It has been an interesting year in British politics. The Conservatives squeezed to victory in the general election, with less than a third of support from citizens. The Scottish National Party won an extraordinary 56 Westminster seats in the same vote. In the party leadership election that followed, Jeremy Corbyn, who started his campaign on odds of 200-1 at the bookmakers, was crowned the new leader of Labour with a whopping 59.5% of the party voting him in. So, who thanked their lucky crackers this Christmas? And what will Labour’s resolutions be for the new year?
If we base success on party membership figures, there is one clear winner. According to relatively recent figures, the SNP have around 110,000 members, and the Conservatives have about 149,800 members. Both are trailing massively behind the Labour party, which, with approximately 380,000 members, has over 100,000 more than the two aforementioned parties combined. Labour party membership has encountered a particularly dramatic surge since August, with around 110,000 people joining from that month onwards.
This was, of course, largely due to the coming of JC (not the one who just celebrated his birthday), and the enthusiasm he has managed to generate for politics in the public arena. This popularity is based on numerous qualities Corbyn exhibits, with one of particular importance in relation to membership:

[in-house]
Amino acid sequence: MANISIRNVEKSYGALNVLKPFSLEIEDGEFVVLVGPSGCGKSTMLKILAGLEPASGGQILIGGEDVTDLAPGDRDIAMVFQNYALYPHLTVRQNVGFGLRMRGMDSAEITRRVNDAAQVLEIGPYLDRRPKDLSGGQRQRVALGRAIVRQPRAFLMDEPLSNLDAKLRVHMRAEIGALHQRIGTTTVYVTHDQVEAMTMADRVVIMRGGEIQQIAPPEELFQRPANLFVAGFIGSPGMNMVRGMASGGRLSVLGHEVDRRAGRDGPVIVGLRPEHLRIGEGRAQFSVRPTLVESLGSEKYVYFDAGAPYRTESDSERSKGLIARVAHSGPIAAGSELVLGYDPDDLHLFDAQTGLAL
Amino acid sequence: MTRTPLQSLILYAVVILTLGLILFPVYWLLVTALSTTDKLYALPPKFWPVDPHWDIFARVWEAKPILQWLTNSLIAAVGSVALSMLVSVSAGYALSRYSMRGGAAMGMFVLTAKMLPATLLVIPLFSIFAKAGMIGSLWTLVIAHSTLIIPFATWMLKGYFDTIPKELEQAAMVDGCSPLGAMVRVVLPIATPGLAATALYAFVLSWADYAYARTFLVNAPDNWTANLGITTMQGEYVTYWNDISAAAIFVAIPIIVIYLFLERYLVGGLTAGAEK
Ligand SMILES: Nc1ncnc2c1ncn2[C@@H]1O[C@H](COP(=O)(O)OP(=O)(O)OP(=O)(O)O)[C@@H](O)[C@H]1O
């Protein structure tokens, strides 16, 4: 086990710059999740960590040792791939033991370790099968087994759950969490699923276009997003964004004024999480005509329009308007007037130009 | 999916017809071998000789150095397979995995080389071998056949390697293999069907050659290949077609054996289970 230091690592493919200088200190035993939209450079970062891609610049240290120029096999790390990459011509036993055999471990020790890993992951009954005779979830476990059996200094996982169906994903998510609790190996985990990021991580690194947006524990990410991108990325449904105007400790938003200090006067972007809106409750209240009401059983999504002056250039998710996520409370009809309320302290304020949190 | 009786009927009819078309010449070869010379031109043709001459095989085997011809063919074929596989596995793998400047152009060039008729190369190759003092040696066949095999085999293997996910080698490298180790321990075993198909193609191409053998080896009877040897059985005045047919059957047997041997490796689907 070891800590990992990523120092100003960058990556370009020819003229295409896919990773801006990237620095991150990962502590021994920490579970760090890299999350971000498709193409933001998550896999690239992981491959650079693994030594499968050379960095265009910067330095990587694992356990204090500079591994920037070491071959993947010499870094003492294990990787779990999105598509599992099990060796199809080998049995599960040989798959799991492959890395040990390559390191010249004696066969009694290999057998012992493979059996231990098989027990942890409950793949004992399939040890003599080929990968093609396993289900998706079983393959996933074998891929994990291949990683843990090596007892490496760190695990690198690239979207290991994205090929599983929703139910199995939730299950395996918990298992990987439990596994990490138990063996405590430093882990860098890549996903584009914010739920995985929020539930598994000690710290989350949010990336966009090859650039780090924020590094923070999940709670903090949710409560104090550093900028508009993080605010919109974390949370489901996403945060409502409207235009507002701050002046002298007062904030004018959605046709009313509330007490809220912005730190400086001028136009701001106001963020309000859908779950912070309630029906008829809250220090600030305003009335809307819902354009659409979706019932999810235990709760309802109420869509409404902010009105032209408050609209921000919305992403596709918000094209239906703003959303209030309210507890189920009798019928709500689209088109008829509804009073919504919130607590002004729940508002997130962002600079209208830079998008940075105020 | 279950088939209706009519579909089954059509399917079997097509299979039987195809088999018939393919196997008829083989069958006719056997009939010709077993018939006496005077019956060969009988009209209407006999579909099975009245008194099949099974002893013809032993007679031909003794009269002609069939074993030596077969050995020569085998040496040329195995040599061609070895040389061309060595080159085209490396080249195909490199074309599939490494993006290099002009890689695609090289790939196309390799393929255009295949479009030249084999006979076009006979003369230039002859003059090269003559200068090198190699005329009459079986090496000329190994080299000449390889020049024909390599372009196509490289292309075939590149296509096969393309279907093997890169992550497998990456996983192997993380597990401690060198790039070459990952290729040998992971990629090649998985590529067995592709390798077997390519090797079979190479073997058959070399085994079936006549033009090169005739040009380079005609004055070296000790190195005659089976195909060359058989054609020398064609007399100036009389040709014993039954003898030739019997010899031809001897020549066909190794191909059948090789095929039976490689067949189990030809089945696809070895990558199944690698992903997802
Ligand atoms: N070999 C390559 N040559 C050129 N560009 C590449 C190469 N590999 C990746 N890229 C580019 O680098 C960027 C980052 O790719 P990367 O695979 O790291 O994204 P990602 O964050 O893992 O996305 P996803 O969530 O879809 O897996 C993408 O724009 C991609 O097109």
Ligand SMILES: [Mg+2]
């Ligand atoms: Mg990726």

This is a fundamental issue. Corbyn believes that politicians should reflect the concerns and views of their citizens, and he is not alone in this. As the late Labour MP Tony Benn explained, when asked about his relation to the public,
I mean I’m elected … I work for them … If I get to the House of Commons, then I will try and speak for them.
However, this view is not shared by everyone in politics, or even in the Labour party. Benn’s own son, for example – Labour MP Hilary Benn – voted against the wishes of many constituents in his approval of airstrikes in Syria. Consequently, a protest was mounted outside his office, and one participant airing his disagreement with Benn’s decision concluded:
I think if Hilary Benn is not willing to listen to his constituents then we should move towards deselection and put pressure on the Labour Party and go about it that way.
Labour MP Stella Creasy faced similar criticisms for her decision to vote in favour of airstrikes, despite a lack of support from many of her constituents. She called a public meeting to quell the local anger and, according to an article in the International Business Times, explained her reasoning thus:
I am not a delegate, I am a representative. You asked for me to go into Parliament to listen to those debates and to make a decision and to be held accountable and that is what I am doing.
This disconnect between what some voters believe is the duty of an MP, and what MP’s themselves believe in growing numbers, has led to something of a reckoning within the Labour ranks. At a recent meeting in the House of Lords, Peter Mandelson, a Labour life peer, raised concerns about the current direction of the party. According to an article in The Huffington Post, at the meeting, he asked Corbyn: